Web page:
National Catholic Register

Vatican

Christ Suffered for Our Salvation

BY Jim Cosgrove

February 29-March 6, 2004 Issue | Posted 2/29/04 at 1:00 PM

 

Register Summary

Pope John Paul II met with 9,000 pilgrims in the Paul VI Hall on Feb. 18 for his last general audience before Lent begins. He offered a meditation on Ephesians 1:3-10, which highlights the price that God paid for the salvation of men. The passage forms the basis for a canticle that is recited every Friday during evening prayer of the Liturgy of the Hours.

According to the Holy Father, the canticle is a hymn to the saving power of God revealed in Jesus Christ. In his infinite goodness, God planned, before the creation of the world, to bring all things into one through his beloved Son.

“Christ carries out a function of ‘fullness,’” the Pope noted, “so that in him the ‘mystery,’ which has been hidden throughout the ages, is revealed and so that all of reality fulfills — according to its specific order and degree — the plan the Father has conceived since eternity.”

Quoting St. John Chrysostom, the Holy Father pointed out that we have received redemption and the forgiveness of our sins through Christ's blood, which was shed on the cross, and by grace we were pre-destined in love to become children of God and to share in the fullness of God's own life.

This magnificent hymn of “blessing,” which is found at the beginning of the Letter to the Ephesians and which is proclaimed every Monday evening in the Liturgy of the Hours, will be the subject of a series of meditations during our journey. For the moment, we will be satisfied with an overview of this solemn and well-designed text, which is much like a majestic building, whose purpose is to exalt God's marvelous work that has been accomplished for us in Christ.

Its point of departure is a “before” that precedes time and creation. It is the divine eternity in which a plan, a “predestination,” that is beyond our understanding is already taking form — a loving and gratuitous plan for a destiny of salvation and glory.

In this transcendent plan, which encompasses creation and redemption as well as the universe and man's unfolding history, God had preordained, “in accord with the favor of his will,” to “sum up all things in Christ” — to re-establish the order and profound sense of every reality, both in heaven and on earth (see 1:10). Of course, he is “head over all things to the Church, which is his body” (see 1:22-23), but he is also the life-giving reference point for the universe.

The lordship of Christ extends, therefore, both to the universe and, more specifically, to the Church. Christ carries out a function of “fullness” so that in him the “mystery,” which has been hidden throughout the ages, is revealed (see 1:9) and so that all of reality fulfills — according to its specific order and degree — the plan the Father has conceived since eternity.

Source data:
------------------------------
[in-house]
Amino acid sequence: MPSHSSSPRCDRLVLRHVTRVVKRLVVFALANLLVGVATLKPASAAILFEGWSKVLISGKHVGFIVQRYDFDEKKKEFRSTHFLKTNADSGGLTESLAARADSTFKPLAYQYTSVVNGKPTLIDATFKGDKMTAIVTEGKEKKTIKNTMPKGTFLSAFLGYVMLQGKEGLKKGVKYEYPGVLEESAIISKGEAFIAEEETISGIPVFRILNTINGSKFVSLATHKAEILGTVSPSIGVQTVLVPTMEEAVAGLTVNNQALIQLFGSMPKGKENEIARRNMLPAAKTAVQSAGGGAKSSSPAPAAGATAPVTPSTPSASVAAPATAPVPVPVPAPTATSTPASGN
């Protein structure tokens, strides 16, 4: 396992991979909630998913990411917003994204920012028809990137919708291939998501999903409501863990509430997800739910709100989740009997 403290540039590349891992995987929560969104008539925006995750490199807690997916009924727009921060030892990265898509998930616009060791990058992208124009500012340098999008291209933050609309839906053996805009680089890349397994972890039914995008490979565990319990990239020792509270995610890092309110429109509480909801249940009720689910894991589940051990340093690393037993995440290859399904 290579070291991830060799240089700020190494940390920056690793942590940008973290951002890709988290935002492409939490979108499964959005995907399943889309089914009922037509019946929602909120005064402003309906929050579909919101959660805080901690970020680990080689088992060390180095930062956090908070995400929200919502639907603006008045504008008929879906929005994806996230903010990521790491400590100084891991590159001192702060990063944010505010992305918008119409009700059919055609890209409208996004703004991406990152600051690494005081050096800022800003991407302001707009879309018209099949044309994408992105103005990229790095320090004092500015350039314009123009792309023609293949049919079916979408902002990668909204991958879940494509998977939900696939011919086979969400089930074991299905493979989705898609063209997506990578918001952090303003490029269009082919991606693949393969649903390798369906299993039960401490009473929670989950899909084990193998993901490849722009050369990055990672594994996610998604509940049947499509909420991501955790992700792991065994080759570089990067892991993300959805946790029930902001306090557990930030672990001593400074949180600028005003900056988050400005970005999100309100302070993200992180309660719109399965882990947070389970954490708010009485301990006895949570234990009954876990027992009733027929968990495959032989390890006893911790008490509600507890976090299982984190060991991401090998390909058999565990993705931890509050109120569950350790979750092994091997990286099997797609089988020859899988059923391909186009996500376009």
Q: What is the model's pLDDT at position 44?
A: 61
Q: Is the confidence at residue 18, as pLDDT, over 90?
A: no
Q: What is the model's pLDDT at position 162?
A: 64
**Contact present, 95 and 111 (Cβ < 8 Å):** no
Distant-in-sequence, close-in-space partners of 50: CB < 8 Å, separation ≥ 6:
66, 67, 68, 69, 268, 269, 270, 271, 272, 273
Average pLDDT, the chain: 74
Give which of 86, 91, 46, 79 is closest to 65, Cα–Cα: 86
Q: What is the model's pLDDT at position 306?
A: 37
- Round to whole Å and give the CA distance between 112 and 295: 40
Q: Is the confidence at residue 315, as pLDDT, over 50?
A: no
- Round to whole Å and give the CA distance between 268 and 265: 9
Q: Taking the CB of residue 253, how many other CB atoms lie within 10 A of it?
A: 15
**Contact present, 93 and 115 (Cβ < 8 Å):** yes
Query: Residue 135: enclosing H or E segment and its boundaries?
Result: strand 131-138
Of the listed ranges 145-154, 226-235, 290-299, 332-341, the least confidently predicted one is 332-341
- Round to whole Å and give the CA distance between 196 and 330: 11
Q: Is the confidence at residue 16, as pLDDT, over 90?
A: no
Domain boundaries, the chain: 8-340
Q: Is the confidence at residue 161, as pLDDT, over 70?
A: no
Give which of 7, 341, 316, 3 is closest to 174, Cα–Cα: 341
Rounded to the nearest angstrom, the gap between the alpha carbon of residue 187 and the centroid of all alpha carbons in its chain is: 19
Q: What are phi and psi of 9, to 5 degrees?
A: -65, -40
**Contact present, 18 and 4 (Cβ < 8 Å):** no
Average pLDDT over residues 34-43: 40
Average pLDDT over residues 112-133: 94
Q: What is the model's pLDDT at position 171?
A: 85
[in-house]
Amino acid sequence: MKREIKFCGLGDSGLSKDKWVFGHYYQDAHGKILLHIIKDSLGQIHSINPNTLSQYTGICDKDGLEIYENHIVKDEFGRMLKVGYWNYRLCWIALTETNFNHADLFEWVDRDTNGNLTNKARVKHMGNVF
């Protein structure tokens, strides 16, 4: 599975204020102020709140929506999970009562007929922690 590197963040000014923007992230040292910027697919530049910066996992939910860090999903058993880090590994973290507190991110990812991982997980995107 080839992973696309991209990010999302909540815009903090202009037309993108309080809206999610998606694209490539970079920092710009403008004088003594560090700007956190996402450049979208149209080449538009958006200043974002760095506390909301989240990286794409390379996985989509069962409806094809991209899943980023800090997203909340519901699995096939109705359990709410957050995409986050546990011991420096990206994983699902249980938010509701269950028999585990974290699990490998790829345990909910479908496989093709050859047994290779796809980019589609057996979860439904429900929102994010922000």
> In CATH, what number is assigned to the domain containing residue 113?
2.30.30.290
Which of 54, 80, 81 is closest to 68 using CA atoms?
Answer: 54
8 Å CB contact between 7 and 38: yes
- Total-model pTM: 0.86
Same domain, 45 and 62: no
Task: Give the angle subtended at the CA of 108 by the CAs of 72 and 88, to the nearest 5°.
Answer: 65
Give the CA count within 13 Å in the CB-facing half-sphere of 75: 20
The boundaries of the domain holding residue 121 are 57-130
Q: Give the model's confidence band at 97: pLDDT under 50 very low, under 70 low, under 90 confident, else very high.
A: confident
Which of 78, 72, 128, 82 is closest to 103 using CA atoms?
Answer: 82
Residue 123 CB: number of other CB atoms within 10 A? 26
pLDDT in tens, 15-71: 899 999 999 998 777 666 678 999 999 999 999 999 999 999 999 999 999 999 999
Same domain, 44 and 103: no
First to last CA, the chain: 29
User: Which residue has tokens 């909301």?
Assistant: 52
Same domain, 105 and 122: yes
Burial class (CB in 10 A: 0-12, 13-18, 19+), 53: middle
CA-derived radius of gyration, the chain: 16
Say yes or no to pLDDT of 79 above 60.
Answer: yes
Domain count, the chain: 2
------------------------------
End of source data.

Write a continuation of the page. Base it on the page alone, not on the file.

As we will have the opportunity to see later, this canticle, which is a sort of New Testament psalm, focuses our attention above all on the history of salvation, which is an expression and a living sign of God's “favor” (see 1:6 and 1:9) and of his love.

Thus, “redemption by his blood” on the cross, the “forgiveness of transgressions” and the abundant outpouring of “the riches of his grace” (see verse 7) are exalted as well as our adoption as Christians by God (see 1:5) and our knowledge of “the mystery of his will” (see 1:9), through which we enter into the intimacy of the very life of the Trinity.

Having considered this overview of the hymn that introduces the Letter to the Ephesians, we will now hear what St. John Chrysostom had to say about it. This extraordinary teacher and preacher, as well as a keen interpreter of sacred Scripture, lived in the fourth century. He became bishop of Constantinople amid all kinds of difficulties and was even subjected to exile on two different occasions.

When commenting on this canticle in his First Homily on the Letter to the Ephesians, he reflected with gratitude on the “blessing” that we have received “in Christ”: “What, then, are you lacking? You have been made immortal, you have been made free, you have been made a son, you have been made righteous, you have been made a brother, you have been made a coheir, you reign with him, and you are glorified with him. All things have been freely given to you and, as it is written, ‘How will he not also give us everything else along with him?’ (Romans 8:32). Your first fruits (see 1 Corinthians 15:20, 23) are adored by the angels, the cherubim, the seraphim. Therefore, what now do you lack?” (PG 62, 11).

Chrysostom goes on to say that God has done all this for us “according to the favor of his will.” What does this mean? It means that God passionately desires and ardently yearns for our salvation. “And why does he love us so? Why does he desire so much good for us? It is of his goodness alone. For grace itself is the fruit of goodness” (Ibid., 13).

It is for this reason, this ancient Father of the Church concludes, that St. Paul affirms that everything was accomplished “for the praise and glory of his grace that he granted us in the beloved.” In fact, God “has not only released us from our sins but has made us objects of his love … he has adorned our soul and clothed it with beauty, and has rendered it an object of his delight and his love.” When Paul declares that God has done this through the blood of his Son, St. John Chrysostom exclaims: “For nothing is as great as that the blood of God should be shed for us. The fact that he spared not even the Son (see Romans 8:32) is even greater than our adoption as sons and all the other gifts. For great indeed is the forgiveness of sins, yet this is the far greater thing: that it should be done by the Lord's blood” (Ibid., 14).

(Register translation)